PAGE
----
Within teams, some teachers have set up instructional videos to help their learners navigate through the different sections of Teams, whilst others have contained their learners to using just the files and general sections. One of our teachers has even set up a ‘Playground’ channel where the children can chat and have fun with each other!

Other teachers have chosen to set up Twitter accounts specifically for their classes onto which they upload tasks and activities each day. This is a super platform for the children to share their learning and experiences. We can also retweet this to our whole school account, which allows our whole school family to share the learning and achievements.

Two teachers have opted to use a GLOW Group which the children are loving. They can share their tasks and fun things they have been doing throughout the day, as well as chatting with their classmates.

Regardless of the platform chosen, the big message is that the children are receiving some form of learning via their teacher and contact is being maintained. Children are being challenged daily with Literacy, Numeracy and H&WB tasks being uploaded, including links to a range of website and videos. There has also been a big emphasis on personal and research- based projects which the children are enjoying.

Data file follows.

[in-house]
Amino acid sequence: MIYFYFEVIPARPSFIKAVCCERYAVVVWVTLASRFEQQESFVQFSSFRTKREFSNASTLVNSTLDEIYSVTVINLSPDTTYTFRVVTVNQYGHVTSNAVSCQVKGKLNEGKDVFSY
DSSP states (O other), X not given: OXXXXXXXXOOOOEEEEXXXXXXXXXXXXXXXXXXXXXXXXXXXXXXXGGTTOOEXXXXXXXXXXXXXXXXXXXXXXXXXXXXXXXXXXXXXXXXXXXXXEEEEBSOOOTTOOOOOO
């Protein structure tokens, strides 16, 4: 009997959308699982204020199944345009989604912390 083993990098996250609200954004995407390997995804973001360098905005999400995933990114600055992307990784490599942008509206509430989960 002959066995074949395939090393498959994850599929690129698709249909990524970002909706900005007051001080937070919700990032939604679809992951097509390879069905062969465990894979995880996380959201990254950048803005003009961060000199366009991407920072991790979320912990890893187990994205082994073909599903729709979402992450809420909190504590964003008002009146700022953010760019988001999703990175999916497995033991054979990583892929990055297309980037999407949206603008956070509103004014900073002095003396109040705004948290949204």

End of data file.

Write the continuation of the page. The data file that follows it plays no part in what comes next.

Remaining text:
One very important message that Our Lady’s is trying to convey is that of family learning; exploring things together, completing tasks together, completing research together.

As well as our class platforms, we have enhanced our use of Twitter through our school account to connect with our families. Through this, we have been able to direct parents to resources/sources of support. This has tied in nicely with our efforts to create small resources ‘banks’ within our community, where we are providing jotters, pencils and other learning materials to support our learners during this time. Connecting via social media has allowed us to receive updates on demand and respond to this by replenishing when required.

In addition, we have updated and developed our school website to keep our current and future families informed and up to date on all aspects of our school and community. In particular, we have developed a support hub on the website, with Covid updates, support channels and materials / resources to support home learning. The learning resources / links area has been designed particularly for families looking for extra activities above the set learning. Our families have found it useful to find all this information in one place. We Tweet when we add updates / new information to the website.

It is our hope that digital learning methods and platforms will allow us to continue with maintaining contact and some form of learning with our families until we can all be together again.

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Microsoft Whiteboard

This is a blog post about how you can use Microsoft Whiteboard with Teams.  (https://whiteboard.microsoft.com/) This video shows some of you the choices that you currently have for using Microsoft Whiteboard. There are two options main options, firstly to share a Whiteboard from a Teams meeting and secondly to create a Whiteboard and then share … Continue reading Microsoft Whiteboard